By Amy Rowland
WHEN GHOSTS COME HOME
By Wiley Cash
290 pp. Morrow. $28.99.
Oak Island, a beach town tucked inside North Carolina’s coastal elbow, is in its off-season when a plane crashes onto the local airstrip. By the time investigators arrive, the ghostly DC-3 has been emptied of cargo and swiped of fingerprints. The only evidence is a dead Black man found in the grass off the runway.
It’s October 1984, and Sheriff Winston Barnes is preparing to lose re-election to Bradley Frye, a developer whom Barnes calls “a soft-handed daddy’s boy who grew up with money and mistook it for brains.” While investigating the crash, hoping the case might help him at the ballot box, Barnes is also contending with family trouble. His wife has cancer and his daughter, Colleen, is home mourning the loss of her child.
Cash is a good storyteller, capturing the cadence of Southern speech and the complexity of modest lives with thoughtful intelligence. Class distinctions are cleverly revealed in ranch houses decorated with brown shag carpet, olive green rotary phones and white wicker furniture, where a “green plastic pitcher of sweating sweet tea” always waits. Meanwhile, Frye’s fancy Plantation Cove development has razed most of the trees except for the grand mossy oaks that suggest a past some residents wish to reclaim. The problem is that this suspenseful Reagan-era story of a Southern sheriff haunted by a violent act in his past seems most believable as the invention of a well-intentioned author writing in 2021. The bad characters are cartoonish ogres, who use a racial slur throughout the book, and go on “night rides, shooting off guns and flying the Confederate flag.”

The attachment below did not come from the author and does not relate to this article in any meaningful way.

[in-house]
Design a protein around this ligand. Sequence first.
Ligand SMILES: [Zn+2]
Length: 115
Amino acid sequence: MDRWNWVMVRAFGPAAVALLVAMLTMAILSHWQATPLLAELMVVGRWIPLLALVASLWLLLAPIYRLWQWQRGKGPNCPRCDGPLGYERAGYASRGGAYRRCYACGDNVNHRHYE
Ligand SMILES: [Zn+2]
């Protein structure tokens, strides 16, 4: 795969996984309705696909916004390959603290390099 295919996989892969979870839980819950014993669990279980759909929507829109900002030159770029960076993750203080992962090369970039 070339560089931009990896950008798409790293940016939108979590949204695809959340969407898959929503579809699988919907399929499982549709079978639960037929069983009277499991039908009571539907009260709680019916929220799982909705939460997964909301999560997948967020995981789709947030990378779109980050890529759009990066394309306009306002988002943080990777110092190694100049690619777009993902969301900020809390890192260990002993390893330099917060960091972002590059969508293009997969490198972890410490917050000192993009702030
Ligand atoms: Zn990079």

It’s a comforting story that all racists are open and immediately identifiable, but also a distorting one. Racism is structural, and also insidious and pervasive, often hiding behind the smiles of Southern politeness. A progressive white sheriff in the 1980s South who is blindsided to learn that his co-worker of two decades is a bigot rings false in a novel that seems to redeem Southern liberalism, rather than fully exploring the deeper politics of place.
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